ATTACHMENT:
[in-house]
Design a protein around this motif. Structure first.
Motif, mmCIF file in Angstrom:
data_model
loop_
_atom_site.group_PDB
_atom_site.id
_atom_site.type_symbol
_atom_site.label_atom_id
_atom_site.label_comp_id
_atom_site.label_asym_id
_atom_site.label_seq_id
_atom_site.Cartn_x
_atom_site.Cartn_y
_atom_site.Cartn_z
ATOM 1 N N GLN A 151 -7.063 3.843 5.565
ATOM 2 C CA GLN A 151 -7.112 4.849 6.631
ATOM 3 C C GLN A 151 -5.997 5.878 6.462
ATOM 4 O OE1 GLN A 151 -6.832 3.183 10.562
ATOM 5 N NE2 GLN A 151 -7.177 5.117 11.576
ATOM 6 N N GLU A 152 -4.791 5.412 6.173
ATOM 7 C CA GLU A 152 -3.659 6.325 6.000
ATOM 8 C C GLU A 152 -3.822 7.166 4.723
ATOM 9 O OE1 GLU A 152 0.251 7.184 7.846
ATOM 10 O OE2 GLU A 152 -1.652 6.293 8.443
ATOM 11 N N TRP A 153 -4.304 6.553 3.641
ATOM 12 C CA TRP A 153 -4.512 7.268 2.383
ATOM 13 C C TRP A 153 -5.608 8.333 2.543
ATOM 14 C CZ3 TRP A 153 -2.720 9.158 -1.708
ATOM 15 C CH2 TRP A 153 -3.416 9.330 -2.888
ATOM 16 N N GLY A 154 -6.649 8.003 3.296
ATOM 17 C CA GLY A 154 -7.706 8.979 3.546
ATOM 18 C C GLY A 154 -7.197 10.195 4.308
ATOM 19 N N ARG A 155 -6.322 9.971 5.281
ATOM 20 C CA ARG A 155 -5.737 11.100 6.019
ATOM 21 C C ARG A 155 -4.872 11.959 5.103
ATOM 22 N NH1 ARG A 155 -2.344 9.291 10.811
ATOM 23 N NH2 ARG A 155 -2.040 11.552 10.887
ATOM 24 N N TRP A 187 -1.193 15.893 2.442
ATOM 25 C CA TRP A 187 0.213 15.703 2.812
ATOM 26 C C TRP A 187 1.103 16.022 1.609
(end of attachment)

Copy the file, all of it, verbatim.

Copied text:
[in-house]
Design a protein around this motif. Structure first.
Motif, mmCIF file in Angstrom:
data_model
loop_
_atom_site.group_PDB
_atom_site.id
_atom_site.type_symbol
_atom_site.label_atom_id
_atom_site.label_comp_id
_atom_site.label_asym_id
_atom_site.label_seq_id
_atom_site.Cartn_x
_atom_site.Cartn_y
_atom_site.Cartn_z
ATOM 1 N N GLN A 151 -7.063 3.843 5.565
ATOM 2 C CA GLN A 151 -7.112 4.849 6.631
ATOM 3 C C GLN A 151 -5.997 5.878 6.462
ATOM 4 O OE1 GLN A 151 -6.832 3.183 10.562
ATOM 5 N NE2 GLN A 151 -7.177 5.117 11.576
ATOM 6 N N GLU A 152 -4.791 5.412 6.173
ATOM 7 C CA GLU A 152 -3.659 6.325 6.000
ATOM 8 C C GLU A 152 -3.822 7.166 4.723
ATOM 9 O OE1 GLU A 152 0.251 7.184 7.846
ATOM 10 O OE2 GLU A 152 -1.652 6.293 8.443
ATOM 11 N N TRP A 153 -4.304 6.553 3.641
ATOM 12 C CA TRP A 153 -4.512 7.268 2.383
ATOM 13 C C TRP A 153 -5.608 8.333 2.543
ATOM 14 C CZ3 TRP A 153 -2.720 9.158 -1.708
ATOM 15 C CH2 TRP A 153 -3.416 9.330 -2.888
ATOM 16 N N GLY A 154 -6.649 8.003 3.296
ATOM 17 C CA GLY A 154 -7.706 8.979 3.546
ATOM 18 C C GLY A 154 -7.197 10.195 4.308
ATOM 19 N N ARG A 155 -6.322 9.971 5.281
ATOM 20 C CA ARG A 155 -5.737 11.100 6.019
ATOM 21 C C ARG A 155 -4.872 11.959 5.103
ATOM 22 N NH1 ARG A 155 -2.344 9.291 10.811
ATOM 23 N NH2 ARG A 155 -2.040 11.552 10.887
ATOM 24 N N TRP A 187 -1.193 15.893 2.442
ATOM 25 C CA TRP A 187 0.213 15.703 2.812
ATOM 26 C C TRP A 187 1.103 16.022 1.609